KUALA LUMPUR, Sept 7 -- “I’ll trade you granola for rendang.” Or how about some basil pesto for the sugee cake, and so forth at the first Food Swap event in the Klang Valley.
A total of 11 participants attended the inaugural event organised by the people behind Food Bites. The event held at Food Foundry in Section 17, Petaling Jaya saw homemade items ranging from Greek moussaka, artisanal bread, smoked salmon crepe torte to lemon curd being traded.
Attendees included a varied bunch of amateur cooks, bakers and even homegrown brands like Forty Licks ice cream, It’s Baked, Hankerie, Sugar and Cream, and Hummus Co.
Tables set up by the organisers were piled high with homemade goodies. Each participant had to fill up cards to let others know their product’s ingredients.
Some got innovative with their packaging to showcase their wares like Loke Poh Lin who used disposable piping bags and ribbons to create nifty packages for her homemade granola.
It’s Baked’s Pang Su Li collaborated with her sister Pang Su Yen to present her homemade chocolate chip cookies and Parmesan shortbread in brown paper bags tied with twine.
Dinner hosts PlateCulture’s founder Audra Pakalnyte also attended with her fellow Lithuanian Vita Lysovaite to introduce their country’s food in the form of Tinginys or Lithuanian lazy pie.
The simple dessert bears a close resemblance to our own kek batik and is made from digestive biscuits, cocoa powder and condensed milk.
Hummus Co’s Fariz Zain Zahedi and Aneesha Veriah got into their business last September after they returned from overseas and could not find their favourite spread at supermarkets. They started selling their preservative-free spread with various flavours by order or at flea markets. For this event, they brought two hummus flavours: tangy jalapeno and sun-dried tomato.
During the two-hour session, the participants were given the opportunity to sample each other’s homemade goodies. This was to help them decide what to swap. Others took this opportunity to communicate with other foodies.
“I want to network with new people,” says interior designer Hayati Ismail. She has been dabbling -- on the side -- in the sale of homecooked rendang, kuah kacang or peanut sauce and pineapple tarts for seven years.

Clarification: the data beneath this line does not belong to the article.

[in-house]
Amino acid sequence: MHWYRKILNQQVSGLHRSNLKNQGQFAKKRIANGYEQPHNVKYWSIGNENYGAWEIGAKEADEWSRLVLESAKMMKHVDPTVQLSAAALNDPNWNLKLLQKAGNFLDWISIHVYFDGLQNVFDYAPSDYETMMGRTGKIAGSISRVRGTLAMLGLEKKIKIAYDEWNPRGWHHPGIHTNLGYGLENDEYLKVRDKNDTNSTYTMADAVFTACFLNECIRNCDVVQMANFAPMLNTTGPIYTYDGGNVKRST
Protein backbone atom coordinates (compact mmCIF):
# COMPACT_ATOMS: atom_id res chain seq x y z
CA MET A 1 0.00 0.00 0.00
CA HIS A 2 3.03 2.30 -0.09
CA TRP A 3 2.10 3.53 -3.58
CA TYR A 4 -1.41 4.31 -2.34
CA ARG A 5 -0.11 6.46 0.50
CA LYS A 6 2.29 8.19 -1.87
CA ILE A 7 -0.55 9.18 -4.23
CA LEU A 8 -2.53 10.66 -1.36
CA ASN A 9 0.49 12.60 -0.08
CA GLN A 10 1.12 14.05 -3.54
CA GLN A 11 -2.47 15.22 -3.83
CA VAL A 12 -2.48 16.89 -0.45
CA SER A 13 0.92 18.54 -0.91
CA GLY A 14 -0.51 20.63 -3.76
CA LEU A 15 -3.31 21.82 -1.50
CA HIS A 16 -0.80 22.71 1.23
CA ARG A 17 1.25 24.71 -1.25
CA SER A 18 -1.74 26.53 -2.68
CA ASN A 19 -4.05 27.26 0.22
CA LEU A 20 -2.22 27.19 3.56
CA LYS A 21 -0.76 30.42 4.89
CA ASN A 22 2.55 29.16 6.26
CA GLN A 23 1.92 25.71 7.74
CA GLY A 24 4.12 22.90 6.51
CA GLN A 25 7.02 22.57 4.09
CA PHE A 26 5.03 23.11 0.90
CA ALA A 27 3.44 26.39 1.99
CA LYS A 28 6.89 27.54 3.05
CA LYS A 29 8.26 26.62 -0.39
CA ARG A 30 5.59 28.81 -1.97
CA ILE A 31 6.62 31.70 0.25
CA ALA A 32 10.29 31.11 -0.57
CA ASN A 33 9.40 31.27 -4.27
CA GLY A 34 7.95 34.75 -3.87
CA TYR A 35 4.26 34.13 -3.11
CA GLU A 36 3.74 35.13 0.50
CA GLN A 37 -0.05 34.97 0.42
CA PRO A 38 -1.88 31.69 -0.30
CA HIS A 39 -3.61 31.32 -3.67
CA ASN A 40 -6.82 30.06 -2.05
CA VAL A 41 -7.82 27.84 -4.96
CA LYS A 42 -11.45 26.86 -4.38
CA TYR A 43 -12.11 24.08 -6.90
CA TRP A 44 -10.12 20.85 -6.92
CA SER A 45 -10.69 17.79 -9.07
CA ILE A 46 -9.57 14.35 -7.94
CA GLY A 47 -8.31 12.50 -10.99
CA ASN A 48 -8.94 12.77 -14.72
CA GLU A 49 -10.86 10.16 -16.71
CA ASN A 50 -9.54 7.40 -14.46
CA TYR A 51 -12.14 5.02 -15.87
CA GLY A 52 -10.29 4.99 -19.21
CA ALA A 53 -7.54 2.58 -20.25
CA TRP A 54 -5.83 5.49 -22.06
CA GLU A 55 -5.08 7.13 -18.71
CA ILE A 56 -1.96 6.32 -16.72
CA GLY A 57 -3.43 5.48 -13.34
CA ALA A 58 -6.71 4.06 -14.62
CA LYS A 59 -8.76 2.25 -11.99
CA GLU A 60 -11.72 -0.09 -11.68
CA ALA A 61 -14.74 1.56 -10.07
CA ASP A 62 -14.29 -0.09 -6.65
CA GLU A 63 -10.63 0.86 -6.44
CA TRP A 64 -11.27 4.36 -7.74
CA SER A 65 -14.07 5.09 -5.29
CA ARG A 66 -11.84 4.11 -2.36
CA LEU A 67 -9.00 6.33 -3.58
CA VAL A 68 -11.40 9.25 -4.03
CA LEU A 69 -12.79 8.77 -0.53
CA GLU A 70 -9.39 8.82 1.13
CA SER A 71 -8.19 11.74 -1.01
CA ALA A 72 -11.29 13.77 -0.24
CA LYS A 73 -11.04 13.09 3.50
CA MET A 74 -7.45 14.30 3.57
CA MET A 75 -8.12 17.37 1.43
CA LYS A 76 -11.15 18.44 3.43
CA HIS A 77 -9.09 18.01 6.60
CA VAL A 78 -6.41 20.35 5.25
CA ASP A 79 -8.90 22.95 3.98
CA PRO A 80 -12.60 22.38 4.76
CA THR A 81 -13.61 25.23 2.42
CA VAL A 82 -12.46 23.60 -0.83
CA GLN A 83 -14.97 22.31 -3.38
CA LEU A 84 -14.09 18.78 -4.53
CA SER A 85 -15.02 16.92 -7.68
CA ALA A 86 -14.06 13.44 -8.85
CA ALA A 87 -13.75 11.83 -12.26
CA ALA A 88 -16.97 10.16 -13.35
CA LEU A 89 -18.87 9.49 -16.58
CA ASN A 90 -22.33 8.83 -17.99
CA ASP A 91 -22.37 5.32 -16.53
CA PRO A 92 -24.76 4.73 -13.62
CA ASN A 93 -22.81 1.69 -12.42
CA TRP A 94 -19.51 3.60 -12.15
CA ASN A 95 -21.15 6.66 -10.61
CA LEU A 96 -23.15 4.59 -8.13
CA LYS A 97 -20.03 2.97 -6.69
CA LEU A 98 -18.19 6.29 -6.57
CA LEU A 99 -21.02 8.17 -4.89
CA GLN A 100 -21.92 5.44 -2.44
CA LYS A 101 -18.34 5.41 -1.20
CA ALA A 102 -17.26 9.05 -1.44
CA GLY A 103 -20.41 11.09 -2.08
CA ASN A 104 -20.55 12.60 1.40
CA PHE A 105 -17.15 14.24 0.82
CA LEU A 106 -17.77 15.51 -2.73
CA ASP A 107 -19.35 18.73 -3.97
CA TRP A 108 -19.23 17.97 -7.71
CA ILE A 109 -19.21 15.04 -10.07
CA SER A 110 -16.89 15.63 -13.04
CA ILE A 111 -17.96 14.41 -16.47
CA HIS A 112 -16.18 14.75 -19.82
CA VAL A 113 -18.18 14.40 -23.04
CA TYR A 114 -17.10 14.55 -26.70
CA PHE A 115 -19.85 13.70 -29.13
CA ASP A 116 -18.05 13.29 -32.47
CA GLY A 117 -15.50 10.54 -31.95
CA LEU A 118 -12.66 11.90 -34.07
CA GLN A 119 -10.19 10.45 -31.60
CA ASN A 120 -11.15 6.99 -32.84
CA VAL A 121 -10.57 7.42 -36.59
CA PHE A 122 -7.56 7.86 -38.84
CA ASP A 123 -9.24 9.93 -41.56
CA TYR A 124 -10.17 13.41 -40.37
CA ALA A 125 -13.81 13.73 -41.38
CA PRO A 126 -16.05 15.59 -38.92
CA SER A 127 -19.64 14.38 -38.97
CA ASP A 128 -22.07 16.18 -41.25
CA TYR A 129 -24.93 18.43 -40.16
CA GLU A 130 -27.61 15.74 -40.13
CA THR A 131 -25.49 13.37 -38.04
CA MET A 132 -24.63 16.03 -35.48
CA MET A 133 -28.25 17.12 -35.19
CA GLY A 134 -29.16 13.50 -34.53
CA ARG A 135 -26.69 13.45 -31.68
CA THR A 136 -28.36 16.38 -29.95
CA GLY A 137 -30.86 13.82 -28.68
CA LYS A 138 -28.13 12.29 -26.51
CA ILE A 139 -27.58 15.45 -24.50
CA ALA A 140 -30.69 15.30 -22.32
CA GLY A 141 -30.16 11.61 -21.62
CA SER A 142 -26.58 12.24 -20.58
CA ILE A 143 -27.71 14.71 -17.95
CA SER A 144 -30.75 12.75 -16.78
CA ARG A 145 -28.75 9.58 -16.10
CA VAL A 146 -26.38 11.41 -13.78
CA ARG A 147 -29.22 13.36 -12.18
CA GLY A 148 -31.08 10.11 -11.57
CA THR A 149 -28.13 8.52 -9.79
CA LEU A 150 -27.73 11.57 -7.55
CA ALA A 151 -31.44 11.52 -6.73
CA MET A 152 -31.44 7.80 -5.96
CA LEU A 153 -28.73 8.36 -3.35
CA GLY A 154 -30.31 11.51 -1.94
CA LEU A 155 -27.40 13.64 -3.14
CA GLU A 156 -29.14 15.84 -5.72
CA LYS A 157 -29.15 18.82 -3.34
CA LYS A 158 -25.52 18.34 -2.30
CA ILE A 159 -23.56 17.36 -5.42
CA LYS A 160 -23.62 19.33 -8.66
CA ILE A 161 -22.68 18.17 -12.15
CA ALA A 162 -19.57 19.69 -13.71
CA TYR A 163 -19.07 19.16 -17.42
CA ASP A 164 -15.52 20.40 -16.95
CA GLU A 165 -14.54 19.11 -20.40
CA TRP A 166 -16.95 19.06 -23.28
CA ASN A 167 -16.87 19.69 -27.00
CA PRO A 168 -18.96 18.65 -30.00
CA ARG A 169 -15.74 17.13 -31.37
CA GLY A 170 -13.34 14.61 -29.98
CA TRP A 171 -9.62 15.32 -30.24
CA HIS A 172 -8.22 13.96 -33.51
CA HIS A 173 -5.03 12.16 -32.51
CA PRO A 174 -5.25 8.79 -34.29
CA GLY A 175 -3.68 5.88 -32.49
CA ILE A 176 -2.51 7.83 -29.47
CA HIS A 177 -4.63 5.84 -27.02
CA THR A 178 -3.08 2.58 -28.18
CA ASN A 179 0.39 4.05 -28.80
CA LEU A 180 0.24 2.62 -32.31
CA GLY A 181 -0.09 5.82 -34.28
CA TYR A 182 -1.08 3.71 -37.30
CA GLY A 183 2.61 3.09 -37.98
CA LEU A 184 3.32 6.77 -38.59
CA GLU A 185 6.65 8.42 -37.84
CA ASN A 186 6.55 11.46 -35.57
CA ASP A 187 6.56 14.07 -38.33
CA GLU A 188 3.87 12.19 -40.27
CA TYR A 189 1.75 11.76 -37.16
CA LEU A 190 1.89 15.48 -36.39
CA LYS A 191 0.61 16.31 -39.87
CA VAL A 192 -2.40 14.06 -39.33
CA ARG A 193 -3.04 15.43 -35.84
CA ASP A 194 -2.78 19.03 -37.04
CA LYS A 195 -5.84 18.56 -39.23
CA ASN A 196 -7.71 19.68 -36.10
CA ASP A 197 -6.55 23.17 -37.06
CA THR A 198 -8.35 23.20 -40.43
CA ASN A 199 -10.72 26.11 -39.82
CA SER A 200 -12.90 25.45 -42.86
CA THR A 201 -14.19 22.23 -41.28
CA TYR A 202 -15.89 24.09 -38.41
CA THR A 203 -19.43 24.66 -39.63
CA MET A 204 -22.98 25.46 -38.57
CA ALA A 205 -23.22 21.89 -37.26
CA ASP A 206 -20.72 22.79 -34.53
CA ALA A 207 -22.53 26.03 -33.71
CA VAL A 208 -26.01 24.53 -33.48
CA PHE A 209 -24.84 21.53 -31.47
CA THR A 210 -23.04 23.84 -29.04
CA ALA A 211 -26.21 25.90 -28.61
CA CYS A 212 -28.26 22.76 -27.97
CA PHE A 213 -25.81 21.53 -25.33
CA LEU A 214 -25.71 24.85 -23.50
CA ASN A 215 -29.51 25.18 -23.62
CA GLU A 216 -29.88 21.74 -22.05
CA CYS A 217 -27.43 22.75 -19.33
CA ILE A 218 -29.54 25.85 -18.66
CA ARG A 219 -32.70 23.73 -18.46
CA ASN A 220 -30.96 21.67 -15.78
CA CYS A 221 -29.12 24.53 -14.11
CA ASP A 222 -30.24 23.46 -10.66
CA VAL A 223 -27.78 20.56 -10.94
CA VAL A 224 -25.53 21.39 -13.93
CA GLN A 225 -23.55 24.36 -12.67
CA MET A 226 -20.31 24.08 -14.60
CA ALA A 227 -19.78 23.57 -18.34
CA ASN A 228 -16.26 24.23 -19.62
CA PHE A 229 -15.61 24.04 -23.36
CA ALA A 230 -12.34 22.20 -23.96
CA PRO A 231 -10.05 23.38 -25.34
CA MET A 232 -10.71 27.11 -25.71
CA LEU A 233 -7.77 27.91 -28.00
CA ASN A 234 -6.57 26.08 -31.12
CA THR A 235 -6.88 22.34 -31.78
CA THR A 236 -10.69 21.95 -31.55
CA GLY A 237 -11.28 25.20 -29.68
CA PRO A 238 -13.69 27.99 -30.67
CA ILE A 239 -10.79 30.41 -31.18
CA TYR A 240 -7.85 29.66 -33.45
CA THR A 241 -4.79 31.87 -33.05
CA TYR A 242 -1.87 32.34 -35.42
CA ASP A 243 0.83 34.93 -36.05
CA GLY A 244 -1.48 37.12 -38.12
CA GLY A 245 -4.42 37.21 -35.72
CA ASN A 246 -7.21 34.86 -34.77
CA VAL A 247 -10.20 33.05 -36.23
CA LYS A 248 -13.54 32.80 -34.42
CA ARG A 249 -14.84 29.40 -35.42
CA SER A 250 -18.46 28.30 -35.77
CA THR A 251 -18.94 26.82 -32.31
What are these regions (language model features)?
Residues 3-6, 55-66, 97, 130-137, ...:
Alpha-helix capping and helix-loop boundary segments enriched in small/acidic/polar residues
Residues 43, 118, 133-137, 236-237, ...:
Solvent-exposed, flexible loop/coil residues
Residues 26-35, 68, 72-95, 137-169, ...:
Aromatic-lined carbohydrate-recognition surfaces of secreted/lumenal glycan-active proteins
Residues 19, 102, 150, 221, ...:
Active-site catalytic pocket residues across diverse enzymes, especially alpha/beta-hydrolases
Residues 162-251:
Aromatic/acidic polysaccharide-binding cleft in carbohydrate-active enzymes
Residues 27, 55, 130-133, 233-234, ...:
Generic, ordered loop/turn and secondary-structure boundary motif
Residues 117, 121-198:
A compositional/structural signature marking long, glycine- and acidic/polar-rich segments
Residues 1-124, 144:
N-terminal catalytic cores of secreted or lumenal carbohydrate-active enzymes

For the Food Swap, she brought her sugee cake. “It’s a family recipe made for Christmas and this is the first time it is leaving the family occasion,” she says.
Similarly Mariam Abdul Wahab is a novice in marketing her homecooked wares. The 60-year-old brought her rendang made lovingly from a family recipe. “There is a secret ingredient in the rendang that I can’t tell you about it but that is what gives it the fragrance,” she says.
Her rendang is slow cooked for 3-4 hours in a tembaga or brass pot. “The brass pot retains more heat and makes the daging empuk (meat tender),” she explains. She is also considering marketing her sambal tumis ikan bilis, another family recipe.
Once the official trades were done, participants took matters into their own hands to distribute their excess items. Some marched up to others to ask for an exchange.
Once business was over, it was time to tuck into their rewards like the friendly Lithuanian duo who could not help relishing the delicious chicken ham and mushroom quiche from It’s Baked.
At the end of the day, everyone scored big and walked away happy with a big basket of homemade happiness and a set of new friends. “It’s a friendly event so you are not afraid to tell your ideas since they are not competitors,” says Mariam.
Food Swap was organised by Food Bites. Follow them on https://www.facebook.com/FoodBitesPJ for further details on upcoming events.
This story was first published in Crave in the print edition of The Malay Mail, 6 September 2013.